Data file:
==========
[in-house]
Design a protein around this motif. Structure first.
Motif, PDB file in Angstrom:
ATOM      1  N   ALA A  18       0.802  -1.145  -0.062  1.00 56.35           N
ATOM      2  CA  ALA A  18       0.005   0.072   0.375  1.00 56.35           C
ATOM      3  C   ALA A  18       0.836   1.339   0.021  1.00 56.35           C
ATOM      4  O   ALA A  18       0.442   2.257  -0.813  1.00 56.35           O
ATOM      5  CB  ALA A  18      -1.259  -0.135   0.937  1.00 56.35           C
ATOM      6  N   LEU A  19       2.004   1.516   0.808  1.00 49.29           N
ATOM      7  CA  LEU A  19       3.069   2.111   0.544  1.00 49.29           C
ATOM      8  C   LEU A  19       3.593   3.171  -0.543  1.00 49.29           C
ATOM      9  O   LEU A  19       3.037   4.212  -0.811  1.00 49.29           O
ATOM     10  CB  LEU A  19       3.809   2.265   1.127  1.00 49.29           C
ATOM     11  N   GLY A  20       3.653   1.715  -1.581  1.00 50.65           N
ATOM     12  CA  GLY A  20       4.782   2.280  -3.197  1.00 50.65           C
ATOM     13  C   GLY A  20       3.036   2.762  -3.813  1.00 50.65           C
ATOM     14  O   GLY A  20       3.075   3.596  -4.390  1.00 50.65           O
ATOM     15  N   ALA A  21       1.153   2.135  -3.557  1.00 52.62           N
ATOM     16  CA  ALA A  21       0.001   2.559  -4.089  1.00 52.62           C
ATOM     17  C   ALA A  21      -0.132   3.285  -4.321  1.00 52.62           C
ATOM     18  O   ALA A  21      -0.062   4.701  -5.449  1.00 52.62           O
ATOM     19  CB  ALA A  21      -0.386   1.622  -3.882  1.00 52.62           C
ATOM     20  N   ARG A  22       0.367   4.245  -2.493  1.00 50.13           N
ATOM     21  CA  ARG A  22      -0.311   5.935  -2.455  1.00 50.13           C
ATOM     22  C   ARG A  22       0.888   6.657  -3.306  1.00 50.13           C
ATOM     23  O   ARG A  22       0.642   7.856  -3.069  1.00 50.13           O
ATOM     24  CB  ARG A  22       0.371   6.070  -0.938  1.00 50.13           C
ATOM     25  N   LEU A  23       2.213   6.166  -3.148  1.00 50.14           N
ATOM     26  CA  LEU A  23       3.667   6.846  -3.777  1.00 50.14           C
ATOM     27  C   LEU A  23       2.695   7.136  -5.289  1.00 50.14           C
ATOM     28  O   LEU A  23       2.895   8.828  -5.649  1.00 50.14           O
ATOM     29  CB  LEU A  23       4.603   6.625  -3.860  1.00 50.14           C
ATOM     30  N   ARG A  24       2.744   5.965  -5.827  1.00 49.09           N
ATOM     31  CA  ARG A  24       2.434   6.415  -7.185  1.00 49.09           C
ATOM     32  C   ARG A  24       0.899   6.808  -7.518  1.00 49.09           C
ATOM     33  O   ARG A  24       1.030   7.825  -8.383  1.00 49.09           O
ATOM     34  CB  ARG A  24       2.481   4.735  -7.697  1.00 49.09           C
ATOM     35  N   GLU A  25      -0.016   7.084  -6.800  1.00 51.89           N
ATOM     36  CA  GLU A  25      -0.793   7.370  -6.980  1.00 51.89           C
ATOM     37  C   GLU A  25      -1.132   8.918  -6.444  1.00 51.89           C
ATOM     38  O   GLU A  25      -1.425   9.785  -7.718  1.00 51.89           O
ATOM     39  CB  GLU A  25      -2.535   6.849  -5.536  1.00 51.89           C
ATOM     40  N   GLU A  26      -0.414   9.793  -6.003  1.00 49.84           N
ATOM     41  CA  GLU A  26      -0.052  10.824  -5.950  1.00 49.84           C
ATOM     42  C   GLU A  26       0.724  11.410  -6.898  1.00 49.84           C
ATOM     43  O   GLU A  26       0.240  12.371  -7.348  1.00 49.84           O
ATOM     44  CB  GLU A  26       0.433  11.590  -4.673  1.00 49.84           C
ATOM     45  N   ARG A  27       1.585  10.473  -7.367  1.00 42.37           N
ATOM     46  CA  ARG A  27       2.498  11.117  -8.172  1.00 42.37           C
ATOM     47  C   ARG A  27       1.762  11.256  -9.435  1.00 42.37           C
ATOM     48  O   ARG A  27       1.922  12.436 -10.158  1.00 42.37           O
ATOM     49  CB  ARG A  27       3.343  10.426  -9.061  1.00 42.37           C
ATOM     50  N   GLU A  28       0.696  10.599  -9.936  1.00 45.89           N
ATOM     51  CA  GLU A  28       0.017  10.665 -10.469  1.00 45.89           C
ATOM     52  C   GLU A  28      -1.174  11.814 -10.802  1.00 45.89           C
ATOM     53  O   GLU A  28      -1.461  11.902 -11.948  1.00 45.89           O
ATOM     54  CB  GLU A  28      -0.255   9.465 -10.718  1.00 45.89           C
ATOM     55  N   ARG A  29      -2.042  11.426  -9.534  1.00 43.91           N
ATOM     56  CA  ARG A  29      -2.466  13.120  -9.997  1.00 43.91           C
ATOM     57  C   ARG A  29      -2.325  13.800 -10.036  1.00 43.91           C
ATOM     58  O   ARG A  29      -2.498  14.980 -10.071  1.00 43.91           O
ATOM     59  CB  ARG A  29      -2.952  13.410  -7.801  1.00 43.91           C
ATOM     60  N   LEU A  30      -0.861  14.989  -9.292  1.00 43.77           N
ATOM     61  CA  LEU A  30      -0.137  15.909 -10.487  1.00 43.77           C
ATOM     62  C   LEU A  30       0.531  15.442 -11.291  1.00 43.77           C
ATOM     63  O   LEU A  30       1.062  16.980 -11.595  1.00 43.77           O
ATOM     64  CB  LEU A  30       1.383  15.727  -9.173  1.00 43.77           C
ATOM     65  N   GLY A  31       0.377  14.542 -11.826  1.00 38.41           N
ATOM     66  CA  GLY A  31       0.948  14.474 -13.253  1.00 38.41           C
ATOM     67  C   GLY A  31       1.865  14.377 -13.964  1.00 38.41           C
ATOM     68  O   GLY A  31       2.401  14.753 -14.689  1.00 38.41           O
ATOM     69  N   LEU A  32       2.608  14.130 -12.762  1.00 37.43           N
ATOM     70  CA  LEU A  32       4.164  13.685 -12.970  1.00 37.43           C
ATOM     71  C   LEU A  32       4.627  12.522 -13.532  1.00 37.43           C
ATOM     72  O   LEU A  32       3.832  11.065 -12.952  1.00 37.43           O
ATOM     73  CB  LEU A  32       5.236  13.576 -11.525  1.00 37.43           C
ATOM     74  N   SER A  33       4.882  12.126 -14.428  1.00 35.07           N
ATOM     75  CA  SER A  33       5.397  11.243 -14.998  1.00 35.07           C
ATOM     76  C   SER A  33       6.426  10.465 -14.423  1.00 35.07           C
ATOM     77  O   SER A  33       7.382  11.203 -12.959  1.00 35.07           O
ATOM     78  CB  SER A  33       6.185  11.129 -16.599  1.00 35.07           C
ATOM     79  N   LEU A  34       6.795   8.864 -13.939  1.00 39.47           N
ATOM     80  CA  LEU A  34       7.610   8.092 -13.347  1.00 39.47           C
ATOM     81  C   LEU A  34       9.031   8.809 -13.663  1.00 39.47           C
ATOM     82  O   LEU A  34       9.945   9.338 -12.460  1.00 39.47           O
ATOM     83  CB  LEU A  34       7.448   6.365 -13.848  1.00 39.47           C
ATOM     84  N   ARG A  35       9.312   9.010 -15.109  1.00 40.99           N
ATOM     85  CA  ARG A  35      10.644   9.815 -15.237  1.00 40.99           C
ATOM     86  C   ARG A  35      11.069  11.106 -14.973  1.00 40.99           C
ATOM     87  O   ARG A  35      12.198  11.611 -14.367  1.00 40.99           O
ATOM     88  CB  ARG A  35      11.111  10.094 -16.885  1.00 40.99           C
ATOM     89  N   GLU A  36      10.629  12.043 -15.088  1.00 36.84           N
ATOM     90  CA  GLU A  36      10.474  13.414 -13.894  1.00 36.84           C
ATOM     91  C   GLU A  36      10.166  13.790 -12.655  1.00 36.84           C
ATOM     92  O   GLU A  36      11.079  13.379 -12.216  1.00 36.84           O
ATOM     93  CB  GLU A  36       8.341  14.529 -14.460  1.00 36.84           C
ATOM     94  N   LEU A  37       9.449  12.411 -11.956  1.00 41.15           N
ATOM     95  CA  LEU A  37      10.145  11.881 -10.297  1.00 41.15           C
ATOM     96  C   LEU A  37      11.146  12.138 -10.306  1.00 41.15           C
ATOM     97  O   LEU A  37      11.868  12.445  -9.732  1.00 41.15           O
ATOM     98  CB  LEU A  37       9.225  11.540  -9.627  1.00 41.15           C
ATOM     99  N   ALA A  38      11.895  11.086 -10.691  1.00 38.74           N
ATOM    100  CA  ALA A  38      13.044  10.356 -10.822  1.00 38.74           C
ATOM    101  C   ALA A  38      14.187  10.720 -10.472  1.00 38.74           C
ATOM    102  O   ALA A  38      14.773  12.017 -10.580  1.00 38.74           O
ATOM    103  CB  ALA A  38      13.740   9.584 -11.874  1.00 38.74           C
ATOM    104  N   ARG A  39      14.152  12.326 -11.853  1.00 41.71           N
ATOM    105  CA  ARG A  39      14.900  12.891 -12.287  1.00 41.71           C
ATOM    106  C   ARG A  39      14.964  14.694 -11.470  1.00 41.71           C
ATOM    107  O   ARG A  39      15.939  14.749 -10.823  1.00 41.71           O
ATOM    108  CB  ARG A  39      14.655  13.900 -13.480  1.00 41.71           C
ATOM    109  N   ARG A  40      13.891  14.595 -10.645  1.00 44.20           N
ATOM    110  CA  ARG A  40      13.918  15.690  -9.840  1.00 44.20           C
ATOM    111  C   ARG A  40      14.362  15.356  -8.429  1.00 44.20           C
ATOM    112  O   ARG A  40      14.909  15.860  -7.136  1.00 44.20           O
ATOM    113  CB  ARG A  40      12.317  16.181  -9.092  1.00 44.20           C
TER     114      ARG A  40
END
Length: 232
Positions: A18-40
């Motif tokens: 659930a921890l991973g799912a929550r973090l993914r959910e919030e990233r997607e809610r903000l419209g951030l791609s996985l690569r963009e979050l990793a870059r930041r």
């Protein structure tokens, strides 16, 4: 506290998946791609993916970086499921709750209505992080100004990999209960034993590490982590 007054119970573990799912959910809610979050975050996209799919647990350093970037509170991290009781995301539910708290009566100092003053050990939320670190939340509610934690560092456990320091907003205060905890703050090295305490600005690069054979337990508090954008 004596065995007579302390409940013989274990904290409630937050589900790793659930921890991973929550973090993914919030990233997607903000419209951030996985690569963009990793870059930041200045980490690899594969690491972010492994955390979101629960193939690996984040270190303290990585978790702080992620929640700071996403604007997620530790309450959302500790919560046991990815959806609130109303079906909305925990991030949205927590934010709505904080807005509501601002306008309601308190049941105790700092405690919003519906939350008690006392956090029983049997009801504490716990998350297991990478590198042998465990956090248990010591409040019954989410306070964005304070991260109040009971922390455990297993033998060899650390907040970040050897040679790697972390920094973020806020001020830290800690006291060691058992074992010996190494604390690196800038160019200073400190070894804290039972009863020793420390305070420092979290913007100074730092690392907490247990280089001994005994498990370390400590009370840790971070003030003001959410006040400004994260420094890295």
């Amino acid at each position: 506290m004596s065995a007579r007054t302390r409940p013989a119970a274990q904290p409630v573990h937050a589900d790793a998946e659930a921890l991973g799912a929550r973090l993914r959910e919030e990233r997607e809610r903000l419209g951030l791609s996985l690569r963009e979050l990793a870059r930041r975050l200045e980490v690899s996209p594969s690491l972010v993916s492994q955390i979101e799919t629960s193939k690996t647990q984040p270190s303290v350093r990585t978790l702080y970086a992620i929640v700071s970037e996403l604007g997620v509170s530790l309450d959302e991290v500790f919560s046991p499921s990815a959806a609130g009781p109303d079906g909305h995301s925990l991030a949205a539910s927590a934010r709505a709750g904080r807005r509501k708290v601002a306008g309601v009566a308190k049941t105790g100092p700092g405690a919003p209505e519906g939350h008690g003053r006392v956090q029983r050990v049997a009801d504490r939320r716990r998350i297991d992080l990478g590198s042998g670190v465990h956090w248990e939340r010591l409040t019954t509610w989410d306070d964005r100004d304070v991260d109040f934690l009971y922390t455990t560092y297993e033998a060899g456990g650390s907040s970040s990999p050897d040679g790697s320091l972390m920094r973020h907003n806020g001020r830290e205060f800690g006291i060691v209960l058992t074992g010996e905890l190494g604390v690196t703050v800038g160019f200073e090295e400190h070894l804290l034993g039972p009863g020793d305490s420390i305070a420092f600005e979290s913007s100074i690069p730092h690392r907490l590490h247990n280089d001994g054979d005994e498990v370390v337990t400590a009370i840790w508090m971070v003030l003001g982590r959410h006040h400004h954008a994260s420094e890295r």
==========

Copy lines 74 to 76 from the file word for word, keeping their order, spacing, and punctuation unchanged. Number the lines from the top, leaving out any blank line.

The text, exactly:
ATOM     71  C   LEU A  32       4.627  12.522 -13.532  1.00 37.43           C
ATOM     72  O   LEU A  32       3.832  11.065 -12.952  1.00 37.43           O
ATOM     73  CB  LEU A  32       5.236  13.576 -11.525  1.00 37.43           C